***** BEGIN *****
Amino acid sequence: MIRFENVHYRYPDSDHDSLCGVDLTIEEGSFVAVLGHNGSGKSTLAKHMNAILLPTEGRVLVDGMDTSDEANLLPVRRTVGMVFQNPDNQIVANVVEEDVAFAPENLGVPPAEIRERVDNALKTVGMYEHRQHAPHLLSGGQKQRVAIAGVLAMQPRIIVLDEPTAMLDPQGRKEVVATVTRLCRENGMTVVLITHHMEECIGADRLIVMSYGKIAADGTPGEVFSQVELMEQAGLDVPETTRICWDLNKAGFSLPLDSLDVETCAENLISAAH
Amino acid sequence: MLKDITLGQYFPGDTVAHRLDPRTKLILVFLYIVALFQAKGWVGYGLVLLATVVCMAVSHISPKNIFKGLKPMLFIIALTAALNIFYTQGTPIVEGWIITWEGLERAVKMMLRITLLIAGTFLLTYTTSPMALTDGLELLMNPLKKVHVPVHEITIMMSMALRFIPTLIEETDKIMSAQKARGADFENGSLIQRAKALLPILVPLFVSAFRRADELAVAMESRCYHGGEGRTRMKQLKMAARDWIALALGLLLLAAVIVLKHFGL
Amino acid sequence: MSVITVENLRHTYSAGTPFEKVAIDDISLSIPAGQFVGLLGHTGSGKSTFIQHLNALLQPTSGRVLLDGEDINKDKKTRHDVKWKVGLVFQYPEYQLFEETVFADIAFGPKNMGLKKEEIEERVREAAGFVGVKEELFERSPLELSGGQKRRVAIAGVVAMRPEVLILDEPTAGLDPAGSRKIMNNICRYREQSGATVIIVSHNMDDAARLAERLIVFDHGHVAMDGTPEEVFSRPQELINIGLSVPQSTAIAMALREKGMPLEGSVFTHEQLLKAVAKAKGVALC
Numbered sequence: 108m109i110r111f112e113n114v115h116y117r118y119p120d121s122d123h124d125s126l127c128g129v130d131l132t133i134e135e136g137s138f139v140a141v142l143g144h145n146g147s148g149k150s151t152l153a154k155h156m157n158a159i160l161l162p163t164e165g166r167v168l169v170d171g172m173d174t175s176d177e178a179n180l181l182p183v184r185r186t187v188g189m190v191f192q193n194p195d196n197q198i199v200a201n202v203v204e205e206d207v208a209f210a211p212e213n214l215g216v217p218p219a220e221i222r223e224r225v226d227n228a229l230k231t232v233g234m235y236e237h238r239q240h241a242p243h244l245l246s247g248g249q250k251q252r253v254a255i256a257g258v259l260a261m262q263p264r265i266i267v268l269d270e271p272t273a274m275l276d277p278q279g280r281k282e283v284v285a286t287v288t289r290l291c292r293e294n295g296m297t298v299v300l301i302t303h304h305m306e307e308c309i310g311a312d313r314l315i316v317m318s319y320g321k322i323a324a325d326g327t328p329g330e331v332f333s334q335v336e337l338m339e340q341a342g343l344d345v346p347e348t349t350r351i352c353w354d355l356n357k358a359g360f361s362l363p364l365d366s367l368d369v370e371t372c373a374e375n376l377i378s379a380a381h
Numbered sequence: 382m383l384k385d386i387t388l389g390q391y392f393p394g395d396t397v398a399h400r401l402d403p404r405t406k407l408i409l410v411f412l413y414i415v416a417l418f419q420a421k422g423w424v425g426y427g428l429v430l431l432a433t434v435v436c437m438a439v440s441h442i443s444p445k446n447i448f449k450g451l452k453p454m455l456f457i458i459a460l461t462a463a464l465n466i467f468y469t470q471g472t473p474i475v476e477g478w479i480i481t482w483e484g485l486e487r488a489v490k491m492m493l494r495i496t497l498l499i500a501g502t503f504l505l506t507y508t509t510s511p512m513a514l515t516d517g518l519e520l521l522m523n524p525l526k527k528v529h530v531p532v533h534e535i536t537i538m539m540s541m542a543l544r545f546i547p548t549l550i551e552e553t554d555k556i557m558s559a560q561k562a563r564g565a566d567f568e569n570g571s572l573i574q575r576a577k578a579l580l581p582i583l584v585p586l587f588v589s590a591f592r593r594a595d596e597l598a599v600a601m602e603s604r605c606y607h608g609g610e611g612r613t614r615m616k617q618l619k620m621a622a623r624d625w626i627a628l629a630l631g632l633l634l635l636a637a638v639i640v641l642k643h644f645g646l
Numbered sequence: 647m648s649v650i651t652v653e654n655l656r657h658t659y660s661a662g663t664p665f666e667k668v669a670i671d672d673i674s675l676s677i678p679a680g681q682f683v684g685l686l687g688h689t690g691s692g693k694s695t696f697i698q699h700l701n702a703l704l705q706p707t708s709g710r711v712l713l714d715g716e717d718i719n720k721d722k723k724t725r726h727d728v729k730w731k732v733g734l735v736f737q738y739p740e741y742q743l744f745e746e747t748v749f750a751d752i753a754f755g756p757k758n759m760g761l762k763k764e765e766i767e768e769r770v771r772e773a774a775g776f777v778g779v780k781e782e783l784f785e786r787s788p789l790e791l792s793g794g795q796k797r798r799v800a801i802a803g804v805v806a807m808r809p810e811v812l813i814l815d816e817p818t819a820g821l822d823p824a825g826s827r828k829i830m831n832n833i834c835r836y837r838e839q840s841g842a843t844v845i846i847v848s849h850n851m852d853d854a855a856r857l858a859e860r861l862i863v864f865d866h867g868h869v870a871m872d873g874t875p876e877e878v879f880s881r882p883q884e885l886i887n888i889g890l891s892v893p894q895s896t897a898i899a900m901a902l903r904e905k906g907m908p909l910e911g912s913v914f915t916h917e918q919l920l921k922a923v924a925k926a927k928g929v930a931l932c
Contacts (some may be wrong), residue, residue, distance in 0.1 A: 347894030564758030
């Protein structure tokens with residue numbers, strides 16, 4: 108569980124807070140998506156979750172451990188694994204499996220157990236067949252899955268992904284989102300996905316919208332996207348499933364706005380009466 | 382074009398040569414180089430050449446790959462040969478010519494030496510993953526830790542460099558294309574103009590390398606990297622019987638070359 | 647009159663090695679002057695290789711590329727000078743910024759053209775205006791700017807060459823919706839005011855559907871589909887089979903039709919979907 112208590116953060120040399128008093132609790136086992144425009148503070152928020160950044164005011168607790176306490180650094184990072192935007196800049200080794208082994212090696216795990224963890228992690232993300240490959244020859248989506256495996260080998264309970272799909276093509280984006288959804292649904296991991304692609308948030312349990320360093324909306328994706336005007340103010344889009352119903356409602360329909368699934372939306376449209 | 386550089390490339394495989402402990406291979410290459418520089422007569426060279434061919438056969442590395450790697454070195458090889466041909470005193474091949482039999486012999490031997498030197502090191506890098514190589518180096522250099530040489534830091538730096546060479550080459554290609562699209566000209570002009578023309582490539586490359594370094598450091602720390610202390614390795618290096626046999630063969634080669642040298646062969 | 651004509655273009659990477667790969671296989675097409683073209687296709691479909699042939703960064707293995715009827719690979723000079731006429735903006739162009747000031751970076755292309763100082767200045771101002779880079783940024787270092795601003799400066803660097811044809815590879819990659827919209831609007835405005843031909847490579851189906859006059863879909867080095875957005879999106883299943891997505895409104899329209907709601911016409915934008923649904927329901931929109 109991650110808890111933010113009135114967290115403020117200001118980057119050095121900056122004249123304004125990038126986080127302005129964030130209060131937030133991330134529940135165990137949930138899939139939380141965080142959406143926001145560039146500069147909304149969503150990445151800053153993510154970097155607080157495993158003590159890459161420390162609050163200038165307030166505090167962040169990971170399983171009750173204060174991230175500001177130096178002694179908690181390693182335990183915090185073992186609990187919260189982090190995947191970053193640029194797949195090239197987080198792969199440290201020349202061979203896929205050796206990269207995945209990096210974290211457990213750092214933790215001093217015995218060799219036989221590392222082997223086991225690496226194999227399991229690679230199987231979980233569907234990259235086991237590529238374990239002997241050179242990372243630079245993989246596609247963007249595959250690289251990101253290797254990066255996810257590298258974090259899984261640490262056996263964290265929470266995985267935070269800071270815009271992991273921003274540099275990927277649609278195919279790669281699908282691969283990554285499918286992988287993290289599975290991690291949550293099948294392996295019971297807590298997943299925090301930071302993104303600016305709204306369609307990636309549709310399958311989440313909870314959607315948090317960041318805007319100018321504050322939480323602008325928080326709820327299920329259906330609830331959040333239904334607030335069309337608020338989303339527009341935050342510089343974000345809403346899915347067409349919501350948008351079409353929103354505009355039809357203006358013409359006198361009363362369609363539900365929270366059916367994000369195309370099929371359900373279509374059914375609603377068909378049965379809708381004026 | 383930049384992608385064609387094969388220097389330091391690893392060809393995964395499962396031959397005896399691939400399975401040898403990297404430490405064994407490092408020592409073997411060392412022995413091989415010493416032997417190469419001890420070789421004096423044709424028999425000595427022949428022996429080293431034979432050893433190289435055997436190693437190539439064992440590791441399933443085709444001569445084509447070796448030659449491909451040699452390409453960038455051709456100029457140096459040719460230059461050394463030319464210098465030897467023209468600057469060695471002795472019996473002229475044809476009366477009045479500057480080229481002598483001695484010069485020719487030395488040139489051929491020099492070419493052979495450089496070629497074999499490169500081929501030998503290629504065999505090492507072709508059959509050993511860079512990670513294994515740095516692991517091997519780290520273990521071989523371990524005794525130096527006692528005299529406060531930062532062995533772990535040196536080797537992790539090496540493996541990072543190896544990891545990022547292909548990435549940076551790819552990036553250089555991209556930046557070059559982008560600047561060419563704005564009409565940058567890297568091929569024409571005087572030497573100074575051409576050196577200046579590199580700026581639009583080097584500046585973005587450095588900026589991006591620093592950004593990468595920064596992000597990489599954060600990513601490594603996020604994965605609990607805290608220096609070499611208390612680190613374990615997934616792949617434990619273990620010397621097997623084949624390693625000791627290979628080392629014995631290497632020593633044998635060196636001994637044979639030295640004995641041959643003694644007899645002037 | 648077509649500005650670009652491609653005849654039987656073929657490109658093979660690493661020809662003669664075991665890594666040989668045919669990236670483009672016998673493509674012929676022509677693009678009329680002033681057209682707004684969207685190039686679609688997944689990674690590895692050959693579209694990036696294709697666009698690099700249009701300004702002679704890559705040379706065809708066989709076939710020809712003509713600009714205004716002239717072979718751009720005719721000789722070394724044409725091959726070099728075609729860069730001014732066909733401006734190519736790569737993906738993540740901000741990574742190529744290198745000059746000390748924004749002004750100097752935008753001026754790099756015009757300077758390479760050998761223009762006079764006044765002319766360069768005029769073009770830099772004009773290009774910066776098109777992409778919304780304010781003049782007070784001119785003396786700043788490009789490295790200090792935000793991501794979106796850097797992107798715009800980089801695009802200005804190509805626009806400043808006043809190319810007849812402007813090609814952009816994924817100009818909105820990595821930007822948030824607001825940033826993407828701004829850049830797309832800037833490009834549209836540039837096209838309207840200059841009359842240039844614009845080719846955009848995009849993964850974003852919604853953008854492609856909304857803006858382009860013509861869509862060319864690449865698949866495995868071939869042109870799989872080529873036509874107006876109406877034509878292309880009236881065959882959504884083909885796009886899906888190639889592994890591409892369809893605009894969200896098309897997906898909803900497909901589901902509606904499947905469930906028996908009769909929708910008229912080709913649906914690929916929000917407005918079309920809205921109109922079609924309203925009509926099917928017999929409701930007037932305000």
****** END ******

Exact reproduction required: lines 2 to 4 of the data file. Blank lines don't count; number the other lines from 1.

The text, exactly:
Amino acid sequence: MLKDITLGQYFPGDTVAHRLDPRTKLILVFLYIVALFQAKGWVGYGLVLLATVVCMAVSHISPKNIFKGLKPMLFIIALTAALNIFYTQGTPIVEGWIITWEGLERAVKMMLRITLLIAGTFLLTYTTSPMALTDGLELLMNPLKKVHVPVHEITIMMSMALRFIPTLIEETDKIMSAQKARGADFENGSLIQRAKALLPILVPLFVSAFRRADELAVAMESRCYHGGEGRTRMKQLKMAARDWIALALGLLLLAAVIVLKHFGL
Amino acid sequence: MSVITVENLRHTYSAGTPFEKVAIDDISLSIPAGQFVGLLGHTGSGKSTFIQHLNALLQPTSGRVLLDGEDINKDKKTRHDVKWKVGLVFQYPEYQLFEETVFADIAFGPKNMGLKKEEIEERVREAAGFVGVKEELFERSPLELSGGQKRRVAIAGVVAMRPEVLILDEPTAGLDPAGSRKIMNNICRYREQSGATVIIVSHNMDDAARLAERLIVFDHGHVAMDGTPEEVFSRPQELINIGLSVPQSTAIAMALREKGMPLEGSVFTHEQLLKAVAKAKGVALC
Numbered sequence: 108m109i110r111f112e113n114v115h116y117r118y119p120d121s122d123h124d125s126l127c128g129v130d131l132t133i134e135e136g137s138f139v140a141v142l143g144h145n146g147s148g149k150s151t152l153a154k155h156m157n158a159i160l161l162p163t164e165g166r167v168l169v170d171g172m173d174t175s176d177e178a179n180l181l182p183v184r185r186t187v188g189m190v191f192q193n194p195d196n197q198i199v200a201n202v203v204e205e206d207v208a209f210a211p212e213n214l215g216v217p218p219a220e221i222r223e224r225v226d227n228a229l230k231t232v233g234m235y236e237h238r239q240h241a242p243h244l245l246s247g248g249q250k251q252r253v254a255i256a257g258v259l260a261m262q263p264r265i266i267v268l269d270e271p272t273a274m275l276d277p278q279g280r281k282e283v284v285a286t287v288t289r290l291c292r293e294n295g296m297t298v299v300l301i302t303h304h305m306e307e308c309i310g311a312d313r314l315i316v317m318s319y320g321k322i323a324a325d326g327t328p329g330e331v332f333s334q335v336e337l338m339e340q341a342g343l344d345v346p347e348t349t350r351i352c353w354d355l356n357k358a359g360f361s362l363p364l365d366s367l368d369v370e371t372c373a374e375n376l377i378s379a380a381h